26 November 2008

Report from the ACCT Annual Conference

The Alliance for Commercialization of Canadian Technologies held their annual conference in Ottawa on 24 and 25 November. The agenda offered many interesting sessions on three tracks: educational, operational and strategic. It was interesting to note in several sessions where metrics were discussed that there is a general feeling that, while metrics are useful, success stories are even more so, as these give life to the data. Both Polytechnics Canada and CONII have made success stories a core facet of how we transmit metrics and the impact(s) of applied research. (Success stories from the GBC Research Labs can be found on our Research Archive).

A session by the Association of Universities and Colleges of Canada featured data from their publication "Momentum: The 2008 report on university research and knowledge mobilization." This report calls for better collaboration models across the R&D spectrum (a favourite topic of mine) and better mobilization of highly qualified (and skilled) personnel, in particular "the development of skills conducive to entrepreneur sip" and fostering "responsiveness and adaptability of the workforce." This is commensurate with GBC's Research Commercialization and Innovation program and our focus on innovation literacy.

Day 2 of the conference featured an entire track devoted to College and Polytechnic research, innovation and commercialization. In these sessions there were many good presentations on how to engage students in industry research projects, and the general need for and move toward complementarity.

13 November 2008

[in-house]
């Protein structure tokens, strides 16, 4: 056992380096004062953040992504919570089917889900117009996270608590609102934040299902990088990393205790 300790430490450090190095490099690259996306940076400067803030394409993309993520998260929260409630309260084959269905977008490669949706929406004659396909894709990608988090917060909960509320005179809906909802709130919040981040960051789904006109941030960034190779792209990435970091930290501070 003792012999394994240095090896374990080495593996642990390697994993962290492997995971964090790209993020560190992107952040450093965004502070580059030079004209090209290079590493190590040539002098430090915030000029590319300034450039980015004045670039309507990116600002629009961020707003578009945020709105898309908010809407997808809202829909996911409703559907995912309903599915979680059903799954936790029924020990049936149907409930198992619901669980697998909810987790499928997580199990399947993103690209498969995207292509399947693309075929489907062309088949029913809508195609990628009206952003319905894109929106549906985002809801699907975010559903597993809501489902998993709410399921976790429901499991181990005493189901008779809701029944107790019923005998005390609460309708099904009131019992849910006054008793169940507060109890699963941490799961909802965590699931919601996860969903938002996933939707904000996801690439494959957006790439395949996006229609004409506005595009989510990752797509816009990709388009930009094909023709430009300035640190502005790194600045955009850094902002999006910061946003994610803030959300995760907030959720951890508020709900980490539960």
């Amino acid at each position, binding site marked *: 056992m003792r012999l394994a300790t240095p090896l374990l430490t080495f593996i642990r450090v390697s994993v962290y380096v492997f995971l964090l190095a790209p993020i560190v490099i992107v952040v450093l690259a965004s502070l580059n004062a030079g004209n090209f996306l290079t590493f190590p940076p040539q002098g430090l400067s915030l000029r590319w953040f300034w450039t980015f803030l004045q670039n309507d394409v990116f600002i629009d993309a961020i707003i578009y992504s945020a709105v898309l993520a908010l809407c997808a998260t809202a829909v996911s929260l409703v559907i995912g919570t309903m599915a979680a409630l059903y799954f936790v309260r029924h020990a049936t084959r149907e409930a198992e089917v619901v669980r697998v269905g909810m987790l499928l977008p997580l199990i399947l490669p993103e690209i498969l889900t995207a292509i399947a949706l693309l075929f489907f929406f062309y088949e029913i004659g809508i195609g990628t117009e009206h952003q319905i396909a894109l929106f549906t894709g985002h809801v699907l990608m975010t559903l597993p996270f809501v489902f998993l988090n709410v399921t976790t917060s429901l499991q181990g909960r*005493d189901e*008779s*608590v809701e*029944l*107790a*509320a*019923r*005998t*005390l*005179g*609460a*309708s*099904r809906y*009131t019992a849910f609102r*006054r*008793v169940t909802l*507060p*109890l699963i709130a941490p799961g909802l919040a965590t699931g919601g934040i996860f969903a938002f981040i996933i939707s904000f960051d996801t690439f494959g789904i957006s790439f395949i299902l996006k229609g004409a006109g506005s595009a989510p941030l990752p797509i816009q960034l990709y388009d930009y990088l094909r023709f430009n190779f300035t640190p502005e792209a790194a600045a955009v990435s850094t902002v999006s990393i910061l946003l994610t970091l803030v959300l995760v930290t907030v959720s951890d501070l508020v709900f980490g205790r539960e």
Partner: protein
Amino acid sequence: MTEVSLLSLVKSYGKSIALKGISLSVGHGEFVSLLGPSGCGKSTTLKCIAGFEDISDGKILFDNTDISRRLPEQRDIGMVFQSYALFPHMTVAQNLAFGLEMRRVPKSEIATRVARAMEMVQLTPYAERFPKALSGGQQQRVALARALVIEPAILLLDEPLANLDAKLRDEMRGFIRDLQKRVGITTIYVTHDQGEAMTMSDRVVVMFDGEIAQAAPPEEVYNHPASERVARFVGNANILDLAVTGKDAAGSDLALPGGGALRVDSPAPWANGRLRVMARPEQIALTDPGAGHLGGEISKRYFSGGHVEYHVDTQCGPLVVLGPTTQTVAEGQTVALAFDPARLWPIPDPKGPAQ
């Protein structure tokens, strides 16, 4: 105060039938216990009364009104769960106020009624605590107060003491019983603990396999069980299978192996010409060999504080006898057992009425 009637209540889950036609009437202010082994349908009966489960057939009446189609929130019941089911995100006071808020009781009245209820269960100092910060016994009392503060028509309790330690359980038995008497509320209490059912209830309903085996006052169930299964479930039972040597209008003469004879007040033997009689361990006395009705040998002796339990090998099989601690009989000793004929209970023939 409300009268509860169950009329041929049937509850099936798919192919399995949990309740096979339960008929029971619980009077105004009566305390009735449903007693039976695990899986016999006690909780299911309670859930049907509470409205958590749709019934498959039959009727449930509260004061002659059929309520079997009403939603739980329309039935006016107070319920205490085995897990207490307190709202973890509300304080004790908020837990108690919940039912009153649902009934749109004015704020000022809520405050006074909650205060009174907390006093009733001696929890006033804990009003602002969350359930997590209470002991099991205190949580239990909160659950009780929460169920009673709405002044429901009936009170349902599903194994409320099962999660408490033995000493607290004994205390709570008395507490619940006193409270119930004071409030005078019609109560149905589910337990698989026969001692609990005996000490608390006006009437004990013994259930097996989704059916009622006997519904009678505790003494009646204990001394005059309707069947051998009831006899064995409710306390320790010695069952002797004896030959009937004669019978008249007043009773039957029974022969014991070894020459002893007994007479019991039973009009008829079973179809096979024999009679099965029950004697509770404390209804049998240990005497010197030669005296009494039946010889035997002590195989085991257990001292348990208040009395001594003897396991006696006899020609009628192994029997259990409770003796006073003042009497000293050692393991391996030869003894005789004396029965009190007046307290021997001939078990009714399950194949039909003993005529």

When in doubt, innovate

With recent news that the global economic meltdown proceeds apace, and the Conference Board reporting that Canada yet again scores a "D" on innovation, this is a good time to reinforce the idea that innovation should be a priority, particularly during trying economic times. As one writer put it in reference to the auto industry seeking a billion dollar bailout, now is the time to enable these industries to find their way toward a more sustainable future. In a word: innovate.

Where Canada lacks in innovation, we have a significant opportunity to reinvigorate our industries through the "creative economies," in Richard Florida's terms. This point was reinforced by the recent Conference Board of Canada sponsored International Forum on the Creative Economy: "Arts and culture industries play a vital role in attracting people, business, and investment, and in distinguishing Canada as a dynamic and exciting place to live and work."

While not a panacea, creative thinking may help us to find ways to lift us out of our innovation doldrums while increasing social and economic productivity.

10 November 2008

College applied research in the news

Today's Report on Business contains the Report on Colleges: Innovation section with a story "Moving to the front lines of applied research." It's a good overview of how college applied research fits within the continuum of research and development within Canada. There is also a call out on the College and Community Innovation program launched in Budget 2007 as part of the Federal Science and Technology Strategy:

Funding a key player
The vital role that Canadian colleges play in the applied research world was emphasized last February when it was announced that up to 25 college-based R&D projects would be supported with a $48-million, three-year College and Community Innovation (CCI) program, managed by the Natural Science and Engineering Research Council.